Monday, September 21, 2009

Illuminated Pleasures

"Illuminated Pleasures"
This painting is "Illuminated Pleasures" by Salvador Dali, published in 1929. This painting is displayed in The Museum of Modern Art in New York City, New York. Salvador Dali is known for his Surrealism paintings his most famous "The Melting Clock". Some can argue that Salvador Dali was the father of the Surrealism Movement going on at the time.
Almost all of Salvador Dali's painting are done using Surrealism. Surrealism is distorting figures almost to trick the mind. Often times trying to connect with the subconcious mind. Salvador Dali made a quote regarding to this painting. Someone asked why do all your paintings potray violence or sex. Salvador simply said "Well quite frankly that is my life". When Dali was starting out his styles of painting were looked down upon by critics but later was praised by those same critics an were considered some of the greatest art of the modern era.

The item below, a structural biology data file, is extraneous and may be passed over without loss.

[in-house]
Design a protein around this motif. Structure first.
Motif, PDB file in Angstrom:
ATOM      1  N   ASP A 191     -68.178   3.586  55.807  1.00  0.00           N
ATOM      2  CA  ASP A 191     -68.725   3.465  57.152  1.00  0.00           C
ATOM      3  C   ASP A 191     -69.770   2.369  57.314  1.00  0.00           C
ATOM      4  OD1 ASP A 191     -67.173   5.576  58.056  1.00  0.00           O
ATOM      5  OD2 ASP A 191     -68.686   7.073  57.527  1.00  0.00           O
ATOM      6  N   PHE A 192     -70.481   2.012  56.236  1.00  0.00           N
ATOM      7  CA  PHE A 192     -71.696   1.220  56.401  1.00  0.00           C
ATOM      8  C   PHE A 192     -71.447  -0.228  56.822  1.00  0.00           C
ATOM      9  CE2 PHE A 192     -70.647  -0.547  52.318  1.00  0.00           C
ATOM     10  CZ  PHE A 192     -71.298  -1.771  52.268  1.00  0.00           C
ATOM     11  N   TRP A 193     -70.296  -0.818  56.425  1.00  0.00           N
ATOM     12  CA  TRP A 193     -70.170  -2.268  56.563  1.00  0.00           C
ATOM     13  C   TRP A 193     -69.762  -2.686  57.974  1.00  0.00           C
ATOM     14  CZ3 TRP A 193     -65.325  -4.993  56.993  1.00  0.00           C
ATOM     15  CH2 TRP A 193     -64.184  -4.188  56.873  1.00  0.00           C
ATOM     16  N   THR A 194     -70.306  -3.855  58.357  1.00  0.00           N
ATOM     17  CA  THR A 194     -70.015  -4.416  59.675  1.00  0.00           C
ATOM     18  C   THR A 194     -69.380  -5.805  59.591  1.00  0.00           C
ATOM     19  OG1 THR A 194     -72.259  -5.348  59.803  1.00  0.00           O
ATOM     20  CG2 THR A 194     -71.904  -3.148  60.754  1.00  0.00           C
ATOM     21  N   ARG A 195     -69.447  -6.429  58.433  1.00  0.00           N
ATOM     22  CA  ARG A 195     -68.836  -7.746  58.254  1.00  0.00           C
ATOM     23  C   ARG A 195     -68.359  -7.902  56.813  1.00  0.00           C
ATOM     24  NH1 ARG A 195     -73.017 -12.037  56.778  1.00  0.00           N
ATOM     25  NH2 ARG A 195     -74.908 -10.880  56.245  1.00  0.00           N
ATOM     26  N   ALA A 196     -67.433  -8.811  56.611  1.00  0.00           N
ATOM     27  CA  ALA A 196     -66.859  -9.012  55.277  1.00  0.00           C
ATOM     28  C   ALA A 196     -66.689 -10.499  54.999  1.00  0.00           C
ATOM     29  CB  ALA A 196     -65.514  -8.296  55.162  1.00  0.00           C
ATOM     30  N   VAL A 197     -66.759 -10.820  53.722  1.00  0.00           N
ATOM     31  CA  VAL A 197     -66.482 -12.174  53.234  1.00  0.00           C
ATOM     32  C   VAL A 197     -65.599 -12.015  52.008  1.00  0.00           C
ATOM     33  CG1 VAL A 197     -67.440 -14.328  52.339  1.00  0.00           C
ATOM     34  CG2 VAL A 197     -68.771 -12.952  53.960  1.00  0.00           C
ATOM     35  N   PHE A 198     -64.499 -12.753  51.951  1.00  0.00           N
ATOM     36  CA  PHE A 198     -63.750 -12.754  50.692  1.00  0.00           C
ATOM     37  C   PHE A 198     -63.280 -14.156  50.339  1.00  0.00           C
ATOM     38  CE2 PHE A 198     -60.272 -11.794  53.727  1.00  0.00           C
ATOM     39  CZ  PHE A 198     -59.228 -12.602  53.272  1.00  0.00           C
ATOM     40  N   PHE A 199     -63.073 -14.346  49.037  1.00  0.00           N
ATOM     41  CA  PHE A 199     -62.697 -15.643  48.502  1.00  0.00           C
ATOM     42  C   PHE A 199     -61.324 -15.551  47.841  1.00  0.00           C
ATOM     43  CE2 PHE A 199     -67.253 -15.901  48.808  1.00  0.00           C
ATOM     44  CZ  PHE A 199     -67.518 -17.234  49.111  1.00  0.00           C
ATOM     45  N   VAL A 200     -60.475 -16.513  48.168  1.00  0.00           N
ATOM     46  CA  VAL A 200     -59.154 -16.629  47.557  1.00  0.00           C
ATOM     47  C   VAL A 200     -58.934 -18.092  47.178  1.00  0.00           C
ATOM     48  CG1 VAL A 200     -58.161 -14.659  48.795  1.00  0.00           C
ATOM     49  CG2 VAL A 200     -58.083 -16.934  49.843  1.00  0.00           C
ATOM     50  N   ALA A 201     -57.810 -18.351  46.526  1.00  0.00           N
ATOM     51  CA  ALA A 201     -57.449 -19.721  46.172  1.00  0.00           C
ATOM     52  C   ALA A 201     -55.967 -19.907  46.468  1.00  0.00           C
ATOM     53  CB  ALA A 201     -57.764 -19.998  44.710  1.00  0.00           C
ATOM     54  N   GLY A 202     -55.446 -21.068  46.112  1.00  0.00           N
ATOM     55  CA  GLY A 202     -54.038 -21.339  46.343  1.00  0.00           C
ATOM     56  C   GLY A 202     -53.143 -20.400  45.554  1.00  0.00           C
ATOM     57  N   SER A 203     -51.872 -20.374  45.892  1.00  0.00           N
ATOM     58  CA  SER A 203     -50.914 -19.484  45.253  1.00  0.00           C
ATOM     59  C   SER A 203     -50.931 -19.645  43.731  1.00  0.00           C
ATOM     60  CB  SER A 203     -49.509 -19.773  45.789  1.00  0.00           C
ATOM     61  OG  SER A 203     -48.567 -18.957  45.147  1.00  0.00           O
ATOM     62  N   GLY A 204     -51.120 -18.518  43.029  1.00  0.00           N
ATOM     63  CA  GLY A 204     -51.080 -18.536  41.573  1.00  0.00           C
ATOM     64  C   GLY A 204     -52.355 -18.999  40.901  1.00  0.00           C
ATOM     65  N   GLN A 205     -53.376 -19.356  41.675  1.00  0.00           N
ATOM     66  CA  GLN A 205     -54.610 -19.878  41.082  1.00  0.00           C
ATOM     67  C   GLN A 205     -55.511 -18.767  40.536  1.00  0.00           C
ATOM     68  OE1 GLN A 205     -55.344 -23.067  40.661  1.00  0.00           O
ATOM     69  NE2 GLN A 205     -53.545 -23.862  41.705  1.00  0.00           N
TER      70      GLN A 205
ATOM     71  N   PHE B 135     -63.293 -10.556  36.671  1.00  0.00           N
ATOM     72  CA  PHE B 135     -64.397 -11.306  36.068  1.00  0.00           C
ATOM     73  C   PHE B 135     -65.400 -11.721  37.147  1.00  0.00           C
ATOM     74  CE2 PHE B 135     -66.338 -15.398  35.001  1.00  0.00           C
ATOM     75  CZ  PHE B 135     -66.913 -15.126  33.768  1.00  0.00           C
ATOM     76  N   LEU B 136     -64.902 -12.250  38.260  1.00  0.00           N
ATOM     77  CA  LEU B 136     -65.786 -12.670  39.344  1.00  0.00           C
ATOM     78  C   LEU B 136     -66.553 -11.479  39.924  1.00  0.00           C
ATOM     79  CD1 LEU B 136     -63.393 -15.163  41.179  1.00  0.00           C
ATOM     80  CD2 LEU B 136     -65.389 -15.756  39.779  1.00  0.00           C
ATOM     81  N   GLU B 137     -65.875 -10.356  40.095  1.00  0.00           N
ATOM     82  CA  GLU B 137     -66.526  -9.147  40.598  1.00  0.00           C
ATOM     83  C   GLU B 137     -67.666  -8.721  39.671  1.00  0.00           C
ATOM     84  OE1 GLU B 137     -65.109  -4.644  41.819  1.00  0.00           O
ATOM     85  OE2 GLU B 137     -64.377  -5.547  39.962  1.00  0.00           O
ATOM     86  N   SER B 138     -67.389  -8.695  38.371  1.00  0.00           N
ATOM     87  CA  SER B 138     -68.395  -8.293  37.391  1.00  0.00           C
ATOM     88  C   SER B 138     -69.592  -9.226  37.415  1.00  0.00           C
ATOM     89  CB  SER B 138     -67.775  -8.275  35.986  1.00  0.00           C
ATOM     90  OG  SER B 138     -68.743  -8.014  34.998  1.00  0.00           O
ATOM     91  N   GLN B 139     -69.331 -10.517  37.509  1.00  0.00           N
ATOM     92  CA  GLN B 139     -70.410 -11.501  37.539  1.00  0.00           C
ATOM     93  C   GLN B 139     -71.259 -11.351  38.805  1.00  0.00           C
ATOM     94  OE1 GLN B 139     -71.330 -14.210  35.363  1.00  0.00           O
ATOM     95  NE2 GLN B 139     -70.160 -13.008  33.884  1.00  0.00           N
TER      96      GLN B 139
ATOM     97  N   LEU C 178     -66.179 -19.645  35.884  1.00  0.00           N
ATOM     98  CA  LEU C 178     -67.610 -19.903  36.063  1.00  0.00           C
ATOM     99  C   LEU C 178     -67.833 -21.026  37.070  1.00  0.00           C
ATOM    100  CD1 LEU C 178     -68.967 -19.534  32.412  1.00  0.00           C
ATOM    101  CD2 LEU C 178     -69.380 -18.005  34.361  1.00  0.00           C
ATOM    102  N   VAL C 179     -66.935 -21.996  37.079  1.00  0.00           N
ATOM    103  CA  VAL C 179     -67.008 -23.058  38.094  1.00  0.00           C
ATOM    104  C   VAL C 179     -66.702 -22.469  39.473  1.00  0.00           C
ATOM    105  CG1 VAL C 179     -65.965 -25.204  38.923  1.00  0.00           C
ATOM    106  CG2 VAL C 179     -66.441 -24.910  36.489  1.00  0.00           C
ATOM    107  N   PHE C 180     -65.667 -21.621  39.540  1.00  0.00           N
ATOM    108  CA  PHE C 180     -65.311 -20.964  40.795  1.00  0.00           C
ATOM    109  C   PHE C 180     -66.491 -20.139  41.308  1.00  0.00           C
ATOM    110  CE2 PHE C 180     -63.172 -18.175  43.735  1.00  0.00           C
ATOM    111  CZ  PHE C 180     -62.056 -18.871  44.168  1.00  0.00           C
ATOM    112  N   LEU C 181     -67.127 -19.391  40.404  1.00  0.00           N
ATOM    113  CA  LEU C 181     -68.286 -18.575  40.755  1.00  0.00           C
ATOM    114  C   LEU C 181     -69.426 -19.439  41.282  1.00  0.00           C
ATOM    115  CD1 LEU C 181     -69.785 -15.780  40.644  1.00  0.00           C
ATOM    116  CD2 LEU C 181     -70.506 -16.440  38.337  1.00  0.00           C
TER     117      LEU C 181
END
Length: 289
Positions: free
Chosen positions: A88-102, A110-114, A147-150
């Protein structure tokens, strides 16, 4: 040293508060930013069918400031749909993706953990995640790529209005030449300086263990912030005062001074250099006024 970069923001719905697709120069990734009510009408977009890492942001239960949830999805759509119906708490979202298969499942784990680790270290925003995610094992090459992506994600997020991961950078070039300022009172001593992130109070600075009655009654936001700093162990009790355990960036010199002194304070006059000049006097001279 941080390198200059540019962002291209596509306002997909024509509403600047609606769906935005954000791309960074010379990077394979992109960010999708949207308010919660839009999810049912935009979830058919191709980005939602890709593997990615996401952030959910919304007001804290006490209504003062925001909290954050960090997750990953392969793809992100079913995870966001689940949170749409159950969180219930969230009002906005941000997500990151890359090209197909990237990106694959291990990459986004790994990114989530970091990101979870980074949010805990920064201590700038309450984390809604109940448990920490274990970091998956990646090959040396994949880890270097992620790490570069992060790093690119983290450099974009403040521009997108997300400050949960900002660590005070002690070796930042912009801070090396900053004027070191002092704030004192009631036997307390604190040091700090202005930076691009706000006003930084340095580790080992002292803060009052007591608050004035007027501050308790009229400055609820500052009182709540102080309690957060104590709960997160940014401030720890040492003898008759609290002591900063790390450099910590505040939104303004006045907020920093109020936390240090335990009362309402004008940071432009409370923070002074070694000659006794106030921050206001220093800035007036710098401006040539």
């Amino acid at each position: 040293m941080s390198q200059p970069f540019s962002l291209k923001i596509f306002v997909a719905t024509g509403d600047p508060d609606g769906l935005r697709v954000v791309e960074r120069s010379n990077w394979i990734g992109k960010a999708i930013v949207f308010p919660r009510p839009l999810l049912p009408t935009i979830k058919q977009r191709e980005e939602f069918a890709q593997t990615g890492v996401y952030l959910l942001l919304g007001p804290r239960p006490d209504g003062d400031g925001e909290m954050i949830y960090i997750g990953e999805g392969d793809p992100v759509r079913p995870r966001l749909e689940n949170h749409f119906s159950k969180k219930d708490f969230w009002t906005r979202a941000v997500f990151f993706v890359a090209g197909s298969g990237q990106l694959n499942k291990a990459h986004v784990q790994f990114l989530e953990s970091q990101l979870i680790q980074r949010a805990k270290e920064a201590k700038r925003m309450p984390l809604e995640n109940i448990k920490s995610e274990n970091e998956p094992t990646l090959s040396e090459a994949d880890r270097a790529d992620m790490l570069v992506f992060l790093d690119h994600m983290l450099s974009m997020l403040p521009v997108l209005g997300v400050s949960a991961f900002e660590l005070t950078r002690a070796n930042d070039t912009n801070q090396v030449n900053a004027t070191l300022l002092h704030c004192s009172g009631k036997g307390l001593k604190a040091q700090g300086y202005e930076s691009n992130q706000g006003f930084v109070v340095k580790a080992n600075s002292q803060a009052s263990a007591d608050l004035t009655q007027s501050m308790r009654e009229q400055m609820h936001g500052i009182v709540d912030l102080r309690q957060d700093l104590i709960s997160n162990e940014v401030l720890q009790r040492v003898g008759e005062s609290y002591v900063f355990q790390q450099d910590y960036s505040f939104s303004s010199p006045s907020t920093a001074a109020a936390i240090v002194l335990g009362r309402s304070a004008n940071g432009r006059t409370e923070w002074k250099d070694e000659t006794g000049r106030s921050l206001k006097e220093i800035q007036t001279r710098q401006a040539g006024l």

Are all these things put together to represent a bigger picture or just thrown together just because? Why are majority of his paintings all have very similiar backrounds: sun fading, few clouds, dirt ground?


  1. Yeah--I never noticed how Dali always sets these images or things on a barren landscape--is that what we fear is behind all of our activities and pursuits? Nothing? Is that what drives us? I can't tell what the pleasure is in the lower right hand corner.

  2. If you dissect this painting piece by piece, there are lots of different things that I wonder about. Like why in the lower right hand corner is there a painting of bicyclists going opposite directions? And what is on their heads? And what is with the lion's head?

  3. I like how this painting has many things going on in it all at the same time. To me it feels like you have to pay attention to the little things in life instead of just looking at the big picture. There are very many odd things occuring, like why are the two hands holding a bloody knife? What is the man doing on the right side of the painting? Does he represent the artist, and does the object represent his canvas? It seems to me like this is the way the artist paints when he gets his ideas.

  4. Yeah there really is a lot of little things to take notice to in this picture.

  5. Great comments That Guy, what does basetballdude think?